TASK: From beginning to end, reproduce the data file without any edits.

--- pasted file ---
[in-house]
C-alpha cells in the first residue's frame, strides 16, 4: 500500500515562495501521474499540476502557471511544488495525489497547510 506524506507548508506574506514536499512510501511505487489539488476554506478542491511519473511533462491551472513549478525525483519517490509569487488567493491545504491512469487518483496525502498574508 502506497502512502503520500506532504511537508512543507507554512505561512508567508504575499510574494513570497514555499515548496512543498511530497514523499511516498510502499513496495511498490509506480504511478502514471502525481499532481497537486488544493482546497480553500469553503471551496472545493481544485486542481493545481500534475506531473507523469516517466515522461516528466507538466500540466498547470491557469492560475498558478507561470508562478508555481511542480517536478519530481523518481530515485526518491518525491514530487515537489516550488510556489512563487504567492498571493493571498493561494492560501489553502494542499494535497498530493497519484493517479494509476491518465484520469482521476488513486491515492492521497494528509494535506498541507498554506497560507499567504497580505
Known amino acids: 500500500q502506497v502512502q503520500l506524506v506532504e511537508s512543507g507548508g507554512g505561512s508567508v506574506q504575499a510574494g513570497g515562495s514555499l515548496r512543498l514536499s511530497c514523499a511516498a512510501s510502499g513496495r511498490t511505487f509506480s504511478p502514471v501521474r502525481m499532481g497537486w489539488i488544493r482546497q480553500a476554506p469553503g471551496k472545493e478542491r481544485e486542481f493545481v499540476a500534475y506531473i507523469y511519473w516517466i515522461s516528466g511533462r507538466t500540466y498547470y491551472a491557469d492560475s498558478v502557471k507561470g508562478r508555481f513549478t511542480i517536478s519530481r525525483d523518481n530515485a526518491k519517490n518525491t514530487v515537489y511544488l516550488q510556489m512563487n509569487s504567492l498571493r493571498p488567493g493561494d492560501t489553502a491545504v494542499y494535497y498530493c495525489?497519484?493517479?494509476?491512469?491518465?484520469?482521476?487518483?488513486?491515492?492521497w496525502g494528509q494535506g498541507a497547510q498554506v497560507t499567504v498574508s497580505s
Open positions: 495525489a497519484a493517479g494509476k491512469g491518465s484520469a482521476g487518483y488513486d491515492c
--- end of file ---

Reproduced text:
[in-house]
C-alpha cells in the first residue's frame, strides 16, 4: 500500500515562495501521474499540476502557471511544488495525489497547510 506524506507548508506574506514536499512510501511505487489539488476554506478542491511519473511533462491551472513549478525525483519517490509569487488567493491545504491512469487518483496525502498574508 502506497502512502503520500506532504511537508512543507507554512505561512508567508504575499510574494513570497514555499515548496512543498511530497514523499511516498510502499513496495511498490509506480504511478502514471502525481499532481497537486488544493482546497480553500469553503471551496472545493481544485486542481493545481500534475506531473507523469516517466515522461516528466507538466500540466498547470491557469492560475498558478507561470508562478508555481511542480517536478519530481523518481530515485526518491518525491514530487515537489516550488510556489512563487504567492498571493493571498493561494492560501489553502494542499494535497498530493497519484493517479494509476491518465484520469482521476488513486491515492492521497494528509494535506498541507498554506497560507499567504497580505
Known amino acids: 500500500q502506497v502512502q503520500l506524506v506532504e511537508s512543507g507548508g507554512g505561512s508567508v506574506q504575499a510574494g513570497g515562495s514555499l515548496r512543498l514536499s511530497c514523499a511516498a512510501s510502499g513496495r511498490t511505487f509506480s504511478p502514471v501521474r502525481m499532481g497537486w489539488i488544493r482546497q480553500a476554506p469553503g471551496k472545493e478542491r481544485e486542481f493545481v499540476a500534475y506531473i507523469y511519473w516517466i515522461s516528466g511533462r507538466t500540466y498547470y491551472a491557469d492560475s498558478v502557471k507561470g508562478r508555481f513549478t511542480i517536478s519530481r525525483d523518481n530515485a526518491k519517490n518525491t514530487v515537489y511544488l516550488q510556489m512563487n509569487s504567492l498571493r493571498p488567493g493561494d492560501t489553502a491545504v494542499y494535497y498530493c495525489?497519484?493517479?494509476?491512469?491518465?484520469?482521476?487518483?488513486?491515492?492521497w496525502g494528509q494535506g498541507a497547510q498554506v497560507t499567504v498574508s497580505s
Open positions: 495525489a497519484a493517479g494509476k491512469g491518465s484520469a482521476g487518483y488513486d491515492c